And yet for us, I think at times because we see how the world is becoming so out of touch with God, and so wrapped up in itself, then we think that the Gospel message no longer has any impact or influence. In fact we now see that the Good News brings with it opposition and criticism, so the natural approach is to step back and remain silent about our faith.

Let me give you one example of how the Gospel is unpopular. In the past week I became aware of a discussion taking place in the public sector regarding how Christmas Carol services should be led. And whilst it annoys me, it doesn’t surprise me, that a senior person in the public sector stated that they wanted this year’s Christmas celebration to be more inclusive of other faiths and none. Now tell me, how do you make Christmas something that’s not about Jesus? But that’s the world, and it is so easy to compromise our Good News in order that everyone is happy and no one is offended. So are we now more afraid of man than being obedient to God? Proverbs 29:25 says that the ‘Fear of man will prove to be a snare, but whoever trusts in the Lord is kept safe’. We’ve got to stand up for the Gospel and not dilute it into something that is suddenly more palatable to everyone.

And it’s s true that whilst we might all agree that the news of what Jesus Christ has done is Good News, we may have had occasions where we are frightened of the opposition and rejection that we may get from some people. But remember that it’s such good news that if you can get a person to hear the message long enough to receive the Saviour behind the message, remember the hope that comes from that. They’re going to be forgiven of their sins. They’re going to have abundant life right now. And they’re going to have the promise of heaven forever. That truly is good news. So Paul says, I’m not ashamed of the good news, and neither should we!

The next thing that Paul says about the Good News is that it’s the power of God.

If you think about that word Power; Rome was the seat of power. No nation was greater. They occupied other nations. Caesar was even considered as a God. And yet with all that power, Rome still was not satisfied – they felt they needed to just conquer more. And whilst they had everything, they had nothing morally. Here’s what Seneca, a roman philosopher said about Rome – ‘Rome is a cesspool of iniquity.” Paul understood the nature of the place he was speaking into, and he knew that if only these people would realise the power that he had discovered, and which he now wants to share, this power would change every life, irrespective of how depraved and immoral it was. You see Paul had seen incredible transformation take place, he knew the Gospel had the power to change nations – he had seen people’s lives changed in Corinth, in Ephesus, in Antioch. Can you imagine with all its grandeur, the city of Rome would be transformed by the love and resurrection of Jesus Christ.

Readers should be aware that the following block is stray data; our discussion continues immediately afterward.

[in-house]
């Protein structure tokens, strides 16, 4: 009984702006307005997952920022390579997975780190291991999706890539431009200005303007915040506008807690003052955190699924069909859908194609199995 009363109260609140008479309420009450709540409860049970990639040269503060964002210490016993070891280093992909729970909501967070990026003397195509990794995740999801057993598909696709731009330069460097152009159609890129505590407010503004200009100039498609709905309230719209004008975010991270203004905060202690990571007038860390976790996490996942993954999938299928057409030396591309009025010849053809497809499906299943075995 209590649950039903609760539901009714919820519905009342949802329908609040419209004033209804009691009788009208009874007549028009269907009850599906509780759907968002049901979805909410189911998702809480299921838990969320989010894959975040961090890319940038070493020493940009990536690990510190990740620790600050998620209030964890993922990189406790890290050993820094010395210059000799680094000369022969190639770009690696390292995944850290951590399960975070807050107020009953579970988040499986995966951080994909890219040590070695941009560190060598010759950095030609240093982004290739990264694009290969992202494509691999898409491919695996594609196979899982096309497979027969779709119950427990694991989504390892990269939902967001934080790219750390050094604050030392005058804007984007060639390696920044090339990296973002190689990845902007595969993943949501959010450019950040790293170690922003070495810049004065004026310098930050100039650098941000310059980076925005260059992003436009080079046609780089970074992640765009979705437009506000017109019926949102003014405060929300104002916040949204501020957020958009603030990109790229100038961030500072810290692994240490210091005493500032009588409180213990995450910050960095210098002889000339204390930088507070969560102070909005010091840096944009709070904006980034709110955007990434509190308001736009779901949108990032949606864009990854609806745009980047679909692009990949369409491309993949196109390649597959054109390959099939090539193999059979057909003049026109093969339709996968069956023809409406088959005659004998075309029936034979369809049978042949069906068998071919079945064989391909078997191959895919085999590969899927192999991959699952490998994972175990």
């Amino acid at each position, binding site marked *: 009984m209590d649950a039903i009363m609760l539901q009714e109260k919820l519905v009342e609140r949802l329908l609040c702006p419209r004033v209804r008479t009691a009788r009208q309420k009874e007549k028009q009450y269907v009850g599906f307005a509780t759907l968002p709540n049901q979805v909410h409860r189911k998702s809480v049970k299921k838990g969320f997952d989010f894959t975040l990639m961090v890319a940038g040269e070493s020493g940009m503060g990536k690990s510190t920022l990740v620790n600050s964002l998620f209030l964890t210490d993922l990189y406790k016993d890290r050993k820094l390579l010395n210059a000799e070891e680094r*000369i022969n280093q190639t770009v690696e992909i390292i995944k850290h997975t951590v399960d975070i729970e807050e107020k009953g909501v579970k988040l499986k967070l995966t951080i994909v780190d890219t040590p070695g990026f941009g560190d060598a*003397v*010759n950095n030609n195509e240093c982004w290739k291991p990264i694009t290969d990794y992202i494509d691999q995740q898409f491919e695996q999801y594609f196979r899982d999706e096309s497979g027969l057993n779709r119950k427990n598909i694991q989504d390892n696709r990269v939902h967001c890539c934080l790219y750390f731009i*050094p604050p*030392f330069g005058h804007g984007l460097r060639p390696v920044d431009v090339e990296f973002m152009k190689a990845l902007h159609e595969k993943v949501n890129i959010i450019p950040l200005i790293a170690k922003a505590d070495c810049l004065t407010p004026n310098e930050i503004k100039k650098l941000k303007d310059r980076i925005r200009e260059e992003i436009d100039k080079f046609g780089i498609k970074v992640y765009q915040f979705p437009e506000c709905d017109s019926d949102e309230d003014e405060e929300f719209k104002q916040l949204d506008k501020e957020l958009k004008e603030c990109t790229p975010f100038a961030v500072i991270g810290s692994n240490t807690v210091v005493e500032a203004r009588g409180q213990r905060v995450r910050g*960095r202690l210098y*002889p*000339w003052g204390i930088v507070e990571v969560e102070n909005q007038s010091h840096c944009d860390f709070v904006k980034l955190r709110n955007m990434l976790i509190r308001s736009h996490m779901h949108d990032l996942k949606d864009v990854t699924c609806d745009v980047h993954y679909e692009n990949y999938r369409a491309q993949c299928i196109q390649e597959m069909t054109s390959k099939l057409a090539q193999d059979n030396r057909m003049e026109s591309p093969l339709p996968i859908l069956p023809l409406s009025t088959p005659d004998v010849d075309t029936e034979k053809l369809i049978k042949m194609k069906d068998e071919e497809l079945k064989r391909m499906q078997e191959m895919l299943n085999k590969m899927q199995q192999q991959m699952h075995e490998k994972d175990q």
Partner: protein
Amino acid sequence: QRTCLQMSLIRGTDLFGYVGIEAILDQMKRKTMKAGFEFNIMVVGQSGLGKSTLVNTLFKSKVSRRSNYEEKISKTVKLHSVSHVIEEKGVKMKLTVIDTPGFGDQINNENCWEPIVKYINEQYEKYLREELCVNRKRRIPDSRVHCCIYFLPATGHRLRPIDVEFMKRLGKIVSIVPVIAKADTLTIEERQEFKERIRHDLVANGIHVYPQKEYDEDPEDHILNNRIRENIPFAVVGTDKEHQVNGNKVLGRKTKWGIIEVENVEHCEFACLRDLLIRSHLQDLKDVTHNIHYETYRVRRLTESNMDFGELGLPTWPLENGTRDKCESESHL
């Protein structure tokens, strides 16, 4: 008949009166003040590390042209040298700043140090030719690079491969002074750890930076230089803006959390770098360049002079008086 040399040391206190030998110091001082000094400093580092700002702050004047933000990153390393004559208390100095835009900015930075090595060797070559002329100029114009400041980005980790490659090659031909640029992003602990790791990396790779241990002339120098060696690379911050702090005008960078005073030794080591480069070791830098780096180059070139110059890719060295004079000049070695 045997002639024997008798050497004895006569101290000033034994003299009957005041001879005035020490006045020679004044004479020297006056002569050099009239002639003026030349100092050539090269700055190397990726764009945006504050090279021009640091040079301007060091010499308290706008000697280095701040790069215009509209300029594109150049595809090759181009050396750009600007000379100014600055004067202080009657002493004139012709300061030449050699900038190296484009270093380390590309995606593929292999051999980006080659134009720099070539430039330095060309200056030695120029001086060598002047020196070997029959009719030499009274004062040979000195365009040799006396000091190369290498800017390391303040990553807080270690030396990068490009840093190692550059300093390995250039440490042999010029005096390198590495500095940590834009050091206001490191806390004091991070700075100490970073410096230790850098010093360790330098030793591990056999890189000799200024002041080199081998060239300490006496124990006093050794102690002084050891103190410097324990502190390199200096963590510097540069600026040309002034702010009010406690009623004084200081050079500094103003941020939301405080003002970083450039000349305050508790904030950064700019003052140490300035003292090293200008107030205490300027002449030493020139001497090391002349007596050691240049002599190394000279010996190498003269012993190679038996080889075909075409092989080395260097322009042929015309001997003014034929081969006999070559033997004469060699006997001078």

You see nothing gets in the way of the Gospel folks, but you might say, well why isn’t Ballyclare transformed by the Gospel. Well sometimes it could be that the true Gospel isn’t being faithfully taught. It could be that we are trying to do all this in our own strength and our own programmes without God being fully in control. It won’t be our clever words that change people, it won’t be our social media presence, or our compassion ministries, it will be the Word of God and the power of His Holy Spirit that will change lives. All we need to do is pray for that power in our own lives, and obediently speak the Gospel, nothing else. Remember back to the power that came to those first followers. Jesus said to his apostles “you will receive power when the Holy Spirit comes upon you. And you will be my witnesses in Jerusalem, Judea, Samaria, and to the ends of the Earth”. Folks that Power that can only come from God is unstoppable. He will give you the power. You don’t have to have the Theology degrees to receive it – in fact Paul said to the Corinthians in 1 Corinthians 2 “When I came to you, I did not come with eloquence or human wisdom…… My message and my preaching were not with wise and persuasive words, but with a demonstration of the Spirit’s power”. And that’s all you need to speak with passion – the Word of God. So Paul is not ashamed of the Gospel, and it is God’s power that equips.

But finally, Paul says the Gospel “brings salvation to everyone who believes”. Did you hear that? Not only does it bring salvation, but it’s for everyone. So whether today you think you’re not good enough, or you think about your past or even your present, the Gospel does not exclude you or anyone. Maybe today you can think of someone you know who is so far away from God. Maybe today that’s a husband or wife who is not with you in church this morning. Well remember that the Gospel is for everyone – they are not beyond the reach of God.